Wednesday, May 14, 2008

Justice for Regina

I’m addicted to the Tudors. Love it. Love Jonathan Rhys Meyers. Do not love King Henry VIII. Nor do I love the incredible misogyny of the era. I mean, Anne Boleyn was hardly a saint, but even after all of her scheming I could not help but bristle at the injustice of her being blamed for failing to “produce a male heir…” or for her multiple miscarriages.

“What,” both her father and husband rail at her, “did you do to lose that baby?” Thankfully we don’t live in the 1500s…

Oh. Wait. What was that?

Well, turns out that a woman can -- in this decade -- be tried and convicted of homicide after suffering a stillbirth. Look no further than Regina McKnight.

Eight years ago, Ms.McKnight was arrested in South Carolina several months after suffering a stillbirth on the grounds that her cocaine use caused the loss. And -- despite no scientific or medical evidence that this claim was true, despite no arrest history, despite the prosecutors’ agreement that she had no intention of harming the fetus or losing the pregnancy – Ms. McKnight was convicted and sentenced to twenty years in prison.

For nearly a decade now, National Advocates for Pregnant Women (NAPW) and the Drug Policy Alliance have been working on this case. After losing a challenge on the constitutionality of prosecuting stillbirths under homicide statutes (!), her lawyers raised the question of whether Ms. McKnight received a fair trial. Ultimately the Court concluded that Ms. McKnight's counsel was "ineffective in her preparation of McKnight's defense through expert testimony and cross-examination."

So – after this woman spent eight years in prison -- a unanimous South Carolina Supreme Court finally reversed the homicide conviction. (Ms. McKnight will not, however, be released immediately because the State can petition for consideration and ultimately re-try her.)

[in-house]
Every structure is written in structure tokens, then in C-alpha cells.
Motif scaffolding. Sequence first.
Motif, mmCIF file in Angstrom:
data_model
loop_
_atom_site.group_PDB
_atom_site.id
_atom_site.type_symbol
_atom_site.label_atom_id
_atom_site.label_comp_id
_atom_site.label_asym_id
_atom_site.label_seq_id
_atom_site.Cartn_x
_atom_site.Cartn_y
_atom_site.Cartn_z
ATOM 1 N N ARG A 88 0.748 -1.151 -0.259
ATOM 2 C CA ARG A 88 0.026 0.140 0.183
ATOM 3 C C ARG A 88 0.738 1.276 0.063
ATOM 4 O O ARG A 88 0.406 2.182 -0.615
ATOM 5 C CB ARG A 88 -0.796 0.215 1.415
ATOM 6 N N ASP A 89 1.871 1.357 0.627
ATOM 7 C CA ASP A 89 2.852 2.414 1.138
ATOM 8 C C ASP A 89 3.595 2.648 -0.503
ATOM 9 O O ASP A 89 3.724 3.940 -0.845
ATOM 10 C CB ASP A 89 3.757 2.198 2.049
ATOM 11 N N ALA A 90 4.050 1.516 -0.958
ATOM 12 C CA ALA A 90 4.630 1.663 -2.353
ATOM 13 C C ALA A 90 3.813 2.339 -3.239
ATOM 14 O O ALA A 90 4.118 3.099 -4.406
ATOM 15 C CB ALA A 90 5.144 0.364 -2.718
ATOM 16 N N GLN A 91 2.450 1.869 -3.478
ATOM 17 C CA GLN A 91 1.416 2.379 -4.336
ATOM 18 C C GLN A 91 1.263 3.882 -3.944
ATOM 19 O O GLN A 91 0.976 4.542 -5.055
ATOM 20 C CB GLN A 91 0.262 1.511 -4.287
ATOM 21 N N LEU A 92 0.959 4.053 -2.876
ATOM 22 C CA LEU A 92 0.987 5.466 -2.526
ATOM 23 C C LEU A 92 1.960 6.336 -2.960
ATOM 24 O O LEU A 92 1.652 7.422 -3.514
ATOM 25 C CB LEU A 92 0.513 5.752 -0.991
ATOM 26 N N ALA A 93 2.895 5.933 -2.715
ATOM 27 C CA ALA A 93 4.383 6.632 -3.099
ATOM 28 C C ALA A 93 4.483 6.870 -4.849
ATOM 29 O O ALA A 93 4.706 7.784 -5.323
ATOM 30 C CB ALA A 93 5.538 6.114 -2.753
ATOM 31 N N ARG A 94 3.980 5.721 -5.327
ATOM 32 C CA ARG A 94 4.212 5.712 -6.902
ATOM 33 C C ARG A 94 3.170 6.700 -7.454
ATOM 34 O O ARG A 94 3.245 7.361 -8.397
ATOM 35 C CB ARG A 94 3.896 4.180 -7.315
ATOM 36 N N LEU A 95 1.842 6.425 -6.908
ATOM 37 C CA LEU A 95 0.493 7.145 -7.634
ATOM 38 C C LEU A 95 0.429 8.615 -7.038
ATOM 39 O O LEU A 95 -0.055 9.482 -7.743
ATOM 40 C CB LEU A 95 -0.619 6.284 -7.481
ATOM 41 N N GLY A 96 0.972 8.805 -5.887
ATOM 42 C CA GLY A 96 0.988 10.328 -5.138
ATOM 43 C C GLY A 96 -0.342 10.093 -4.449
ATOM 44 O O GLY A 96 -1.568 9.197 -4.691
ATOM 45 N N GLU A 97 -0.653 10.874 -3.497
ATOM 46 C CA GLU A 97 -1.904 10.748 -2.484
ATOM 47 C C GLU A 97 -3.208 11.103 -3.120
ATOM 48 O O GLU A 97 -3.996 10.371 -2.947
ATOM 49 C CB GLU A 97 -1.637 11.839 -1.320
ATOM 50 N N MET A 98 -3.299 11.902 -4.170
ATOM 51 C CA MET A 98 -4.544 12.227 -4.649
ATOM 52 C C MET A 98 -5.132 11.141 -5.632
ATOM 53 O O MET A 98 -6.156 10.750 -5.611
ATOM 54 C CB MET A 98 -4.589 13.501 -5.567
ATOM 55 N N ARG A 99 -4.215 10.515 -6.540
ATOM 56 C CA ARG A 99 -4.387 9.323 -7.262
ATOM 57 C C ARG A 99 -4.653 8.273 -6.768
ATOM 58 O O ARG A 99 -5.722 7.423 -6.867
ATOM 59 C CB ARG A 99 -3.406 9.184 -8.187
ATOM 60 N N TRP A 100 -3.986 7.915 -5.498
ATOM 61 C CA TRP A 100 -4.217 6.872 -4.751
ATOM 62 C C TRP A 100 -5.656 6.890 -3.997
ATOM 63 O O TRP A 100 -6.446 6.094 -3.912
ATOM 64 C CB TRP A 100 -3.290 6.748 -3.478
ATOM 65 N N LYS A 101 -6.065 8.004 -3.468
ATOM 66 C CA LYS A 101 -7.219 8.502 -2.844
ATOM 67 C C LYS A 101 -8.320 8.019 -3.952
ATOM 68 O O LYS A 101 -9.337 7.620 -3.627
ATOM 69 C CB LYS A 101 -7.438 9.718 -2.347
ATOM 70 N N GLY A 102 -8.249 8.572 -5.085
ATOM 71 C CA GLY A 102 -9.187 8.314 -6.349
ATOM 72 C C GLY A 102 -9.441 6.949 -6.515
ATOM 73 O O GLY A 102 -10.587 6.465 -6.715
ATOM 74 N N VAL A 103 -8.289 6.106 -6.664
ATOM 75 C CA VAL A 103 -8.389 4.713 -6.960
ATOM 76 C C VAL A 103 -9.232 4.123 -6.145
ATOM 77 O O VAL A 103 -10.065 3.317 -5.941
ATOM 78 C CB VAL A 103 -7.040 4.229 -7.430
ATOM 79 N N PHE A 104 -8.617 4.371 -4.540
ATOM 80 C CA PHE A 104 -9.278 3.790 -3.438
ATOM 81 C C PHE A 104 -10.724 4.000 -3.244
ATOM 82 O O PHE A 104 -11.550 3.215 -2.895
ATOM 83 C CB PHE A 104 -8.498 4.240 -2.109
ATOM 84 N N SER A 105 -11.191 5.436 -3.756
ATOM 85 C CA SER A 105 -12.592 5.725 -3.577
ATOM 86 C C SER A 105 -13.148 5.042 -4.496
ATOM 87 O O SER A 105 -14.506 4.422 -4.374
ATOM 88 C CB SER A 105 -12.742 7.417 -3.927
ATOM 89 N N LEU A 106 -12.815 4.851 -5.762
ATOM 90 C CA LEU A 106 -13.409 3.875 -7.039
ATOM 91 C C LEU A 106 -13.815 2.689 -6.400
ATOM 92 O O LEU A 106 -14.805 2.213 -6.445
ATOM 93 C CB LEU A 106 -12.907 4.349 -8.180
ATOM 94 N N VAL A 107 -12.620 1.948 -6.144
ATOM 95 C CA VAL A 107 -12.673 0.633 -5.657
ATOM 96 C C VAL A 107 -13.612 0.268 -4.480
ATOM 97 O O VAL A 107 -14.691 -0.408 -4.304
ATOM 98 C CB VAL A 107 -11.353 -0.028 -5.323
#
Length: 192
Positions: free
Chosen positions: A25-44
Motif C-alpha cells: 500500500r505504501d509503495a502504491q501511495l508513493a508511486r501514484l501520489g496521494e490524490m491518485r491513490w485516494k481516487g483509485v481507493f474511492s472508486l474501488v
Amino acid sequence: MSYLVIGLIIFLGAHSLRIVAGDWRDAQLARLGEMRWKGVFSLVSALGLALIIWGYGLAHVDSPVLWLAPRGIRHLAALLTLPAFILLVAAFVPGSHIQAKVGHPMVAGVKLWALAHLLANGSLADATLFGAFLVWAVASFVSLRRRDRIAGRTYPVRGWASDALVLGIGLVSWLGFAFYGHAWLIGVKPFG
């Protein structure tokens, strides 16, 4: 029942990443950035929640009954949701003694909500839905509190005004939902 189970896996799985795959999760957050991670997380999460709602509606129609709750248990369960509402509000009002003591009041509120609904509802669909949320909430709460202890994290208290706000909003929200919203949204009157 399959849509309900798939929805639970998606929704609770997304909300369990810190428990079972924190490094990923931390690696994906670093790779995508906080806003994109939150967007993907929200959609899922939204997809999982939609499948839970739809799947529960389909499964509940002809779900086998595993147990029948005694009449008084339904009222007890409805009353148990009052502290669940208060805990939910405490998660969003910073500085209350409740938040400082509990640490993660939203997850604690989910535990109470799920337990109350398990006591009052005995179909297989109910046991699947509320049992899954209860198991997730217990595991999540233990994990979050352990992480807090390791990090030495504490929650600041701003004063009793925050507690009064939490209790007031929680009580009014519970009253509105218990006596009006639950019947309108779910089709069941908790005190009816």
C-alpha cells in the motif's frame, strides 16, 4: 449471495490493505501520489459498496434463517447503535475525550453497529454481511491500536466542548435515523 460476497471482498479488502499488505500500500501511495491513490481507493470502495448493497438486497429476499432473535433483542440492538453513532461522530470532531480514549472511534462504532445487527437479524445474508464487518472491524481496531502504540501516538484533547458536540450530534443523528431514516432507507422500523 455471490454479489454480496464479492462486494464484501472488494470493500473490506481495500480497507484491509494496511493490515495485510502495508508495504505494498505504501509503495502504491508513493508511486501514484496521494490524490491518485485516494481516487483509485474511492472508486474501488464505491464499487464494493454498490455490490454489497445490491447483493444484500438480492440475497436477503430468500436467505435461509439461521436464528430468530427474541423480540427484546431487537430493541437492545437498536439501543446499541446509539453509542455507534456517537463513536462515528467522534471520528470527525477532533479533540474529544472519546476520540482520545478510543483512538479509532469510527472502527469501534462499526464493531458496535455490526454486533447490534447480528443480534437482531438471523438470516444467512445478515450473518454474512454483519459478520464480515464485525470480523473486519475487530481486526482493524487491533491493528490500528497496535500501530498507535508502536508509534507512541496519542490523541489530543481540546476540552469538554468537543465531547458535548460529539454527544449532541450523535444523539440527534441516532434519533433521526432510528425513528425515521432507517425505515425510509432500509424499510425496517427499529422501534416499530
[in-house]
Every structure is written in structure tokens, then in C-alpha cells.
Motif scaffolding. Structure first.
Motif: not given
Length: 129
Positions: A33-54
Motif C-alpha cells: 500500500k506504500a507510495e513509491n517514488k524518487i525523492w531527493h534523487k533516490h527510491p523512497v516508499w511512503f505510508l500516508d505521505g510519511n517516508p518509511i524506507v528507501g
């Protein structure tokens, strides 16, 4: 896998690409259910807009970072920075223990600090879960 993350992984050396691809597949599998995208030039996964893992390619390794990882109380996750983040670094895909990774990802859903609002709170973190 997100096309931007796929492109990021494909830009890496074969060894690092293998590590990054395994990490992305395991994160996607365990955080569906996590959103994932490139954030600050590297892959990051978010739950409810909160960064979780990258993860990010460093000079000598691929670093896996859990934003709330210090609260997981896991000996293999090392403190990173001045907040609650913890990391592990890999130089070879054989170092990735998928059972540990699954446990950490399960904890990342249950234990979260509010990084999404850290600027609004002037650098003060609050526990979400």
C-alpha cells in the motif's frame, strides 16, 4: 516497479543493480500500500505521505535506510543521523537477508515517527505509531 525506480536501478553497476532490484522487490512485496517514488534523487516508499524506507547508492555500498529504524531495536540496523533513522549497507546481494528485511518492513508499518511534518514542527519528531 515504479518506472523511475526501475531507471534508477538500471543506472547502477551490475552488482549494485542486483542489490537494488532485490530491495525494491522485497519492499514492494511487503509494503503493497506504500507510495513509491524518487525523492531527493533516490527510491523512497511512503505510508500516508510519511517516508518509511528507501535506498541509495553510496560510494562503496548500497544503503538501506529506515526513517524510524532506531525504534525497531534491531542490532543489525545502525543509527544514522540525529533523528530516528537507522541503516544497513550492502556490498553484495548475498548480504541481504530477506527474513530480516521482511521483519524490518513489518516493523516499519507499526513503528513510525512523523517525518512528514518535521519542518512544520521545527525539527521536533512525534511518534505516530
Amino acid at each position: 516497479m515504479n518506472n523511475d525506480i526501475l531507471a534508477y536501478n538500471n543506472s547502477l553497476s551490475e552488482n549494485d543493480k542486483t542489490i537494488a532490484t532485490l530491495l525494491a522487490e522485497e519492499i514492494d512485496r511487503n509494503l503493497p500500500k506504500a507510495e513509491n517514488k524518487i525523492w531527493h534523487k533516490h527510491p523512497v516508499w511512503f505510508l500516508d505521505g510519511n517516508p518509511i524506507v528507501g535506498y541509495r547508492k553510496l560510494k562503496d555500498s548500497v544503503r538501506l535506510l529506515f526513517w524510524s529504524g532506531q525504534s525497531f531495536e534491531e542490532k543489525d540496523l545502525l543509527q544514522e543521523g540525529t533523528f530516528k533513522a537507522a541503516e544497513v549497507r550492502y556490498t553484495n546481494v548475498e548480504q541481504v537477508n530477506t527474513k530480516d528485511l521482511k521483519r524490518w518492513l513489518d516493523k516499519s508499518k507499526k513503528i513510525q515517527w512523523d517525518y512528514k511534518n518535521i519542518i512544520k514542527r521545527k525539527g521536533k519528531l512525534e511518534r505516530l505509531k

I am extremely happy that Ms. McKnight’s conviction was overturned. Yet, I cannot wrap my head around the fact that she was prosecuted in the first place. I’m used to science being treated… ahem… carelessly (anyone remember the “controversy” over Emergency Contraception?) but despite the extremely problematic federal “Unborn Victims of Violence Act," ( as well as similar state laws), I’m still not -- and will probably never be -- used to homicide being applied to a fetus.

Unfortunately, what prosecutions and laws like these do – in addition to disincentivising drug-addicted mothers from seeking help – is grant independent personhood to a fetus, a very dangerous precedent with implications for women and mothers everywhere. (Note that the court’s opinion in this case makes clear that cocaine use is “no more harmful to a fetus than nicotine use, poor nutrition, lack of prenatal care” and other conditions.)

Thankfully, Ms. McKnight had committed, compassionate attorneys on her side who recognized the injustice of her situation as well as a Court that ultimately listened to an aspect of reason.

If only Ms. Boleyn had similar counsel, perhaps she might have survived her own days at Court.

Friday, May 9, 2008

Taking some license....

Ok, this is not strictly (or even remotely) reproductive health, but I'm the blog author so I get to write about what I want.

And quite honestly the only thing I can really think about right now is the humanitarian catastrophe going on in Myanmar. For those who aren't following, after a devastating cyclone that left upwards of 20,000 people dead (6 days ago), the government has refused to accept and/or held up international relief aid. They finally agreed to accept food shipments from the UN only to confiscate the packages, causing the UN to halt shipments. They have also refused AID from the United States.

Meanwhile, an additional 75,000 men, women and children are dying/predicted to die. And this is not even to mention the disease that will be spread by decomposing bodies, many of which are in the water supply.

How a government can sit back and let its people die is beyond comprehension. As is the frustration by our inability to do anything to help.

Thursday, May 8, 2008

Manhattan Mini Storage "hearts" Planned Parenthood

Following on the heels of its provocative and much talked about pro-choice billboard, Manhattan Mini Storage has officially made Planned Parenthood of New York City a beneficiary of their work.

As part of their new "Save more than your stuff..." campaign, Manhattan Mini Storage has committed to donating a total of $200,000 to 5 Manhattan based charities - including Planned Parenthood of New York City -- over the next 6 months.

"This exciting initiative gives New Yorkers the opportunity to fund the city's leading reproductive health care organization - without spending an extra dime! We thank Manhattan Mini Storage for including us in this campaign, said Joan Malin, President and CEO of Planned Parenthood of New York City.

When new customers rent space, they will be given a choice of 5 organizations to whom the company will donate money.